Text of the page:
Cognitive,Linguistic and Psychological Sciences

Integrating the Study of Mind, Brain, Behavior and Language

We are delighted to announce the formation of the Department of Cognitive, Linguistic & Psychological Sciences (CLPS) as of July 2010. CLPS is dedicated to the multidisciplinary study of mind, brain, behavior, and language.

As part of the University's ongoing Plan for Academic Enrichment, CLPS has been formed from the former faculties of the Department of Cognitive & Linguistic Sciences and the Department of Psychology, as well as several new hires. CLPS is housed in a newly renovated 36,000 sq ft building.

Searching for memory. Using an immersive virtual environment to test perception & action. A stroke leads to resolution of foreign accent syndrome. How does the brain develop & change in response to cues? New software automatically identifies behaviors of laboratory mice. How do we select an appropriate action, given our goals? Which variables influence control over learning and action? How do we integrate higher-order cognitive processes & actions? How do we make decisions and learn from experience? How do people decide to blame others for their behavior? Using electrophysiology & optogenetics to probe memory.

Upcoming Events

  • Alexandra Freund, University of Zurich Download Alexandra Freund, University of Zurich to my desktop calendar

    December 3, 2014 4:00 PM - 5:00 PM Michael S. Goodman '74 Memorial Lecture Series. Speaker: Alexandra Freund, University of Zurich. Title: On Gains and Losses, Means and Ends: Motivational Changes across Adulthood. Abstract: This talk will introduce two main motivational changes that stand out across adulthood: (1) Motivation shifts from a primary orientation towards gains in young adulthood to a stronger orientation towards maintenance in middle adulthood and loss-avoidance in older ages. The age-related differences in motivational orientation affects the the setting and pursuit of goals and seems adaptive regarding subjective well-being and persistent goal pursuit. (2) The cognitive representation of goals shifts from a stronger focus on the outcomes of goal pursuit in young adulthood to an increasingly stronger focus on the process of goal pursuit. Adopting a process focus contributes to affective well-being and to the persistent pursuit of goals that place high demands on self-regulation (e.g., dieting, starting to exercise). Studies investigating the age-related changes in motivational orientation and goal focus as well as their consequences for affective experiences and behavior will be presented and discussed in a lifespan framework. Metcalf Research Laboratory, Room 101, Friedman Auditorium Colloquia, Open to the Public, Dept: CLPS, First Years, Sophomores, Juniors, Seniors, For Masters candidates only, For PhD candidates only, Audience, Brain Science Program, Biology and Medicine, Lectures, Conferences, and Meetings, Pre-Law, Faculty, Staff, Postdocs, Departments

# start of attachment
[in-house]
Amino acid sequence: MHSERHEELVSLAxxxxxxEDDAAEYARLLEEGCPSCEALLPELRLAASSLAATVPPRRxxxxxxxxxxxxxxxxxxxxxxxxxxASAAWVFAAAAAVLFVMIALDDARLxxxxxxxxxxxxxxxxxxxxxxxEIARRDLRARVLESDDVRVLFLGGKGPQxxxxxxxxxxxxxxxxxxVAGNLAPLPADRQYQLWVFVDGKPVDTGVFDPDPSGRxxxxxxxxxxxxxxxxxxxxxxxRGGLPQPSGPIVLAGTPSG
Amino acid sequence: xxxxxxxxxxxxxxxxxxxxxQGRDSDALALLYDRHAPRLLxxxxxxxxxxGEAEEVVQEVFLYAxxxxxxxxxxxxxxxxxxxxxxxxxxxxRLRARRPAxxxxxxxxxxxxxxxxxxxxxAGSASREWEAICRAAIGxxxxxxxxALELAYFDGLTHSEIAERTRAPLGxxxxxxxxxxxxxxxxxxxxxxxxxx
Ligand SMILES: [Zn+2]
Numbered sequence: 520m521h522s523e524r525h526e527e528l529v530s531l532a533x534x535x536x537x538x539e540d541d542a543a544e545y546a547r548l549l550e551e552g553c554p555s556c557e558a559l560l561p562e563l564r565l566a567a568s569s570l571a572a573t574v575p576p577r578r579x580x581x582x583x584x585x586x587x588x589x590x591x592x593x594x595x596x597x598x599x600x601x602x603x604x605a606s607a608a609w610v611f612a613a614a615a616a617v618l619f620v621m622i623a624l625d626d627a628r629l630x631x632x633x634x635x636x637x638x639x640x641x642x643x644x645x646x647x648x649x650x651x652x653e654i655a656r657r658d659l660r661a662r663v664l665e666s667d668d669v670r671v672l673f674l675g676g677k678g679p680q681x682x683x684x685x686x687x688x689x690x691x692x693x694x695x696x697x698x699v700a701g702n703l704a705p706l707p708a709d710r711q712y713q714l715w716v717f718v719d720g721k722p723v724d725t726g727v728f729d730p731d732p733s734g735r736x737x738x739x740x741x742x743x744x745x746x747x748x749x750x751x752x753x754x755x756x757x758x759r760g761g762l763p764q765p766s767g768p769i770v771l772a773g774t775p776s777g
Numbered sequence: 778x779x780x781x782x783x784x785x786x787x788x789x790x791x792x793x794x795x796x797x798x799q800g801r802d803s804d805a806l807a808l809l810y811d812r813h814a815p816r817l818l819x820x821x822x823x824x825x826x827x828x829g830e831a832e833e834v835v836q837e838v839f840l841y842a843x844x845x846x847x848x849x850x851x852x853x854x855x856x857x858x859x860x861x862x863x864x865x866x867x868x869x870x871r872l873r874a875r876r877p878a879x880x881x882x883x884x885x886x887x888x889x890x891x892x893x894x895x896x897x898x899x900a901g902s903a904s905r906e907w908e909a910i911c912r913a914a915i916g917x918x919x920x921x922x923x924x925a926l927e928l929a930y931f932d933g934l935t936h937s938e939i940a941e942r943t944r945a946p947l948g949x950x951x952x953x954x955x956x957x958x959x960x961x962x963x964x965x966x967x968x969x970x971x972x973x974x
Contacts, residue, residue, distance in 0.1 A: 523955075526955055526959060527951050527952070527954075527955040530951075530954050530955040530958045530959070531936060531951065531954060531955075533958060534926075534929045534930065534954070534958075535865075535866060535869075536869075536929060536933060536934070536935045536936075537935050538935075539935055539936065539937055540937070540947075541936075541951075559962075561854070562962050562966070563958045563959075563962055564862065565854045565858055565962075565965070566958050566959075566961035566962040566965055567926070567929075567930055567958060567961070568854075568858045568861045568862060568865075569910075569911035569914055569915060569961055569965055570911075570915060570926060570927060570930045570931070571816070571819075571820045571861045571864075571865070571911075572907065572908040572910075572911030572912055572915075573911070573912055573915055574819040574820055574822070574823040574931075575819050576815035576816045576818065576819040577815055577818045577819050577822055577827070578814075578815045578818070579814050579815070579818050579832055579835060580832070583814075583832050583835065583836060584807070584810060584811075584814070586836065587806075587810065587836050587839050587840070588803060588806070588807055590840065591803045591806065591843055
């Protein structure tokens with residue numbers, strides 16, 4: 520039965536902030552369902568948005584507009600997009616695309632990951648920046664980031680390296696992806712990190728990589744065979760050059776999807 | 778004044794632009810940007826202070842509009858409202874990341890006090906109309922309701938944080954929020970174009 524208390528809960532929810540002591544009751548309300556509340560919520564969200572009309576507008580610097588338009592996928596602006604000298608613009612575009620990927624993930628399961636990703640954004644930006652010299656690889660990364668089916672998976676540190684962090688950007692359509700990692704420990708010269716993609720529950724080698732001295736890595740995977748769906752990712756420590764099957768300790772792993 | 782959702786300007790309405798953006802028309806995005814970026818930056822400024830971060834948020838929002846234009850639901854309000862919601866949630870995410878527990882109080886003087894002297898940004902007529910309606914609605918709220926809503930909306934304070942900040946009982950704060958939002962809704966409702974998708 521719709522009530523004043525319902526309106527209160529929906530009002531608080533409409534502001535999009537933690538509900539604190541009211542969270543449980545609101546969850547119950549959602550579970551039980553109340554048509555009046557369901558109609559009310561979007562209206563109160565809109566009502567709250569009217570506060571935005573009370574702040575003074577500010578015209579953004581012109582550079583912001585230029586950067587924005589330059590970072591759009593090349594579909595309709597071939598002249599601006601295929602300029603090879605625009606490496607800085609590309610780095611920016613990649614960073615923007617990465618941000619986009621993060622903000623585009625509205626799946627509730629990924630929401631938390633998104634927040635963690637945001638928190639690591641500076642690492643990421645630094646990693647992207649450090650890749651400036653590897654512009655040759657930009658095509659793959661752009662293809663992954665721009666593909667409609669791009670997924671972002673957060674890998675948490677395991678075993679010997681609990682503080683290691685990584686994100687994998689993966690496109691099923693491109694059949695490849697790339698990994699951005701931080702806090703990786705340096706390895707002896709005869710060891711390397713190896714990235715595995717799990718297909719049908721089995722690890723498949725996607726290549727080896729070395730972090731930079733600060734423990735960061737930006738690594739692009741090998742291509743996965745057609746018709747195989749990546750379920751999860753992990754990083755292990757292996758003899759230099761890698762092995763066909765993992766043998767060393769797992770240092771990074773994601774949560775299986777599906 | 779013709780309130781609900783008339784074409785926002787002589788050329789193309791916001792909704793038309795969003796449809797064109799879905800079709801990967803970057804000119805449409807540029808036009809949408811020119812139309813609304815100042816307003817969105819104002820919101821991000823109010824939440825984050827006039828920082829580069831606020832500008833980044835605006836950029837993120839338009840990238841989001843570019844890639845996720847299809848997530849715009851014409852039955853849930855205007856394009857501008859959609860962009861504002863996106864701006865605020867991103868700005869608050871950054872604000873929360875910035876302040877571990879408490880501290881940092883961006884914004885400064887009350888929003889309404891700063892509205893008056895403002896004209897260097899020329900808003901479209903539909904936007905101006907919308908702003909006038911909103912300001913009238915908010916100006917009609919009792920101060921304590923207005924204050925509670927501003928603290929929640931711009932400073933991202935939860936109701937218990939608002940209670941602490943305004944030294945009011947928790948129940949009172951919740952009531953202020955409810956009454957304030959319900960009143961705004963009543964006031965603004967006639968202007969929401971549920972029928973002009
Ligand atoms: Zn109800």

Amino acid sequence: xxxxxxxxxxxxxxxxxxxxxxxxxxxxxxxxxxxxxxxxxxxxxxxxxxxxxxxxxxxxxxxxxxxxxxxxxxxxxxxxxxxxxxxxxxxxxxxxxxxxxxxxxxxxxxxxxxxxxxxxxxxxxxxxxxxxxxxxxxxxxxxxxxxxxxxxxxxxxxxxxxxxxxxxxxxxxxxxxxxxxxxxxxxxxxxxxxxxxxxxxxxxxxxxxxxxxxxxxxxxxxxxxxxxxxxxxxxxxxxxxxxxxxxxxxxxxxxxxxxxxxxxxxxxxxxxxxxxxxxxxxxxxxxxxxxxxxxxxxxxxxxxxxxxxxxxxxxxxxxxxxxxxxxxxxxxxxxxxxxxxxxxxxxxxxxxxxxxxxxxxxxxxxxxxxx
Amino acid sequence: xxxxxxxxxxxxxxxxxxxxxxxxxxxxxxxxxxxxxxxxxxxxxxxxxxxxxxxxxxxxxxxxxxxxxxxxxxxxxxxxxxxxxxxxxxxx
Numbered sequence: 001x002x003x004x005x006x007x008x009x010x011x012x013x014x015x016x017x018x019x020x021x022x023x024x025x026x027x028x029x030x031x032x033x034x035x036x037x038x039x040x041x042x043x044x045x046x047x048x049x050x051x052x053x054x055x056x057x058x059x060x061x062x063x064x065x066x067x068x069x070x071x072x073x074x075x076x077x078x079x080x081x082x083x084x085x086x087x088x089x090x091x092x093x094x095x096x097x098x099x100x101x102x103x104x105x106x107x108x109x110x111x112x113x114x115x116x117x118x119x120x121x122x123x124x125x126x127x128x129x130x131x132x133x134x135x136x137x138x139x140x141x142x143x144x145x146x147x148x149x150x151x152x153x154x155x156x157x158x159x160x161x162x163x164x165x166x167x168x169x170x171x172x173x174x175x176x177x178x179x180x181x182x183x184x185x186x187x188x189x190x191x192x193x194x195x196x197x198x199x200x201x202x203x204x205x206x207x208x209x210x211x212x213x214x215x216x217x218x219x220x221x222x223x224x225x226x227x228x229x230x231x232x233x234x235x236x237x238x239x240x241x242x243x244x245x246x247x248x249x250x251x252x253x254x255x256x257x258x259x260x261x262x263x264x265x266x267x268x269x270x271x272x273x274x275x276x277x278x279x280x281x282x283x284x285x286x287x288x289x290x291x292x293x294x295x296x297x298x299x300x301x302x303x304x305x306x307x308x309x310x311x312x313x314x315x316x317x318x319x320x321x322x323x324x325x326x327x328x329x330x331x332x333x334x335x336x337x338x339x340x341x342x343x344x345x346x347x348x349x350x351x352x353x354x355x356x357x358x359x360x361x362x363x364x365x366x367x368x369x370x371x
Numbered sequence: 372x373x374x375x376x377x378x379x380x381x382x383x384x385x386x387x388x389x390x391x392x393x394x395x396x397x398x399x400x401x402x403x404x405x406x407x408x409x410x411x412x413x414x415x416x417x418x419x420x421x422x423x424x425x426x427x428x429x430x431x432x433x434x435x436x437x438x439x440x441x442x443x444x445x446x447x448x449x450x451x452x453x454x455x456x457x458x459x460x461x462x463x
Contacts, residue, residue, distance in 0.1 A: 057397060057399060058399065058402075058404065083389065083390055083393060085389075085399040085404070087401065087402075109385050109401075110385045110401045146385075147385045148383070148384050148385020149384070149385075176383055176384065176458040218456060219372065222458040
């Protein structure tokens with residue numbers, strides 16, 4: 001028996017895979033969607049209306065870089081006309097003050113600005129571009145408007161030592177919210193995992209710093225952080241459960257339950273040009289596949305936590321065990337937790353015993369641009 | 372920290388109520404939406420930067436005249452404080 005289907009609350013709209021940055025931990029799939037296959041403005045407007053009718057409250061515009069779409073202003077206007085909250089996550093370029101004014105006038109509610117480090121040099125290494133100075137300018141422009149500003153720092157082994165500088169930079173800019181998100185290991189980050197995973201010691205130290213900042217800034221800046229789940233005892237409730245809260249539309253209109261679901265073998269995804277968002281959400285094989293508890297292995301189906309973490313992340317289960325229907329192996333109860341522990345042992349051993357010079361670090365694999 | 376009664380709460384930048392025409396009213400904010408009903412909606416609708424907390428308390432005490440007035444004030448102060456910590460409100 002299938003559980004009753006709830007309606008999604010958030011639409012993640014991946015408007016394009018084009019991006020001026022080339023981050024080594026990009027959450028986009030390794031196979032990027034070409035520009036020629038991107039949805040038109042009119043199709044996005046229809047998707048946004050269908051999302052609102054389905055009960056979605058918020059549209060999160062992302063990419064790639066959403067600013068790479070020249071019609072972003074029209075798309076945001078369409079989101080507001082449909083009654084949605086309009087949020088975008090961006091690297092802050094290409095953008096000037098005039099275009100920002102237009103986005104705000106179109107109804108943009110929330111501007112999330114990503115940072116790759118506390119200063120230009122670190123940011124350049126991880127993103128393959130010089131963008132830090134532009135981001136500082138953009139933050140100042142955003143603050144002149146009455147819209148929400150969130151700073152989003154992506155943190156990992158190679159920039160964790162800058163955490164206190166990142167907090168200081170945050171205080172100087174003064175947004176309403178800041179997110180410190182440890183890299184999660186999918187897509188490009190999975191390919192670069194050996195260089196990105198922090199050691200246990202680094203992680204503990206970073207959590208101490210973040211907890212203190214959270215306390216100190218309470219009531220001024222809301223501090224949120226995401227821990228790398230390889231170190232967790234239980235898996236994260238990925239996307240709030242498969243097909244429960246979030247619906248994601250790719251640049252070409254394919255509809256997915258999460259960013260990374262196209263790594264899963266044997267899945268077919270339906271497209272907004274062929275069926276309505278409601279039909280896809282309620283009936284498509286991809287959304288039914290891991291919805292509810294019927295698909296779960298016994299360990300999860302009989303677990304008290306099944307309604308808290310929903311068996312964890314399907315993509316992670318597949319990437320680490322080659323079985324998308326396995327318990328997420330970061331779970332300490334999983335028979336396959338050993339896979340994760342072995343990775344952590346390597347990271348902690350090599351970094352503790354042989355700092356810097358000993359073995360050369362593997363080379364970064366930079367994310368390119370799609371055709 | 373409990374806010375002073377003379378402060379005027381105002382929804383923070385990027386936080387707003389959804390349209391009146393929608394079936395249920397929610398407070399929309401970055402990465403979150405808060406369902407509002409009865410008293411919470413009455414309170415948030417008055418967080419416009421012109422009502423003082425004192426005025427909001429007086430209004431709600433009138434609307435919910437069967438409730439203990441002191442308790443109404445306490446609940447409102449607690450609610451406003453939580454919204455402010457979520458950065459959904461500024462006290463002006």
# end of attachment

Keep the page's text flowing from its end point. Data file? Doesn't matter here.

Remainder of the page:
• Perception Action Seminar co-sponsored with the Center for Vision Research Download Perception Action Seminar co-sponsored with the Center for Vision Research to my desktop calendar

    December 4, 2014 12:00 PM - 2:00 PM Friedman Family Lecture for Cognitive, Linguistic & Psychological Sciences. Perception Action Seminar co-sponsored with the Center for Vision Research. Speaker: Randy Flanagan, Queens University. Title: Representing objects and actions when interacting with the world Abstract: Most manual tasks involve grasping and manipulating objects. In the real world, such tasks often involve choosing among several candidate objects to act upon, and then generating motor commands tailored to the properties of the selected object. In the first part of this talk, I will discuss evidence for the provocative idea that, when confronted with multiple potential reach targets, the sensorimotor system prepares full-specified actions for each target, prior to selecting between then. I will suggest that doing so may enable the motor system to ‘co-optimize’ competing action plans. In the second part of the talk I will discuss how the sensorimotor system represents object weight, the accurate prediction of which is essential for skilled and dexterous manipulation. In addition to evidence from psychophysical experiments, I will describe recent functional neuroimaging work examining the contribution of object-sensitive ventral visual stream areas during the planning of manipulation tasks. Finally, time permitting, I will discuss what we can learn about action observers by recording their eye movements while they watch manipulation tasks. Metcalf Research Laboratory, Room 305 Dept: CLPS, Brain Science Program, Biology and Medicine, Lectures, Conferences, and Meetings, Departments, Lectures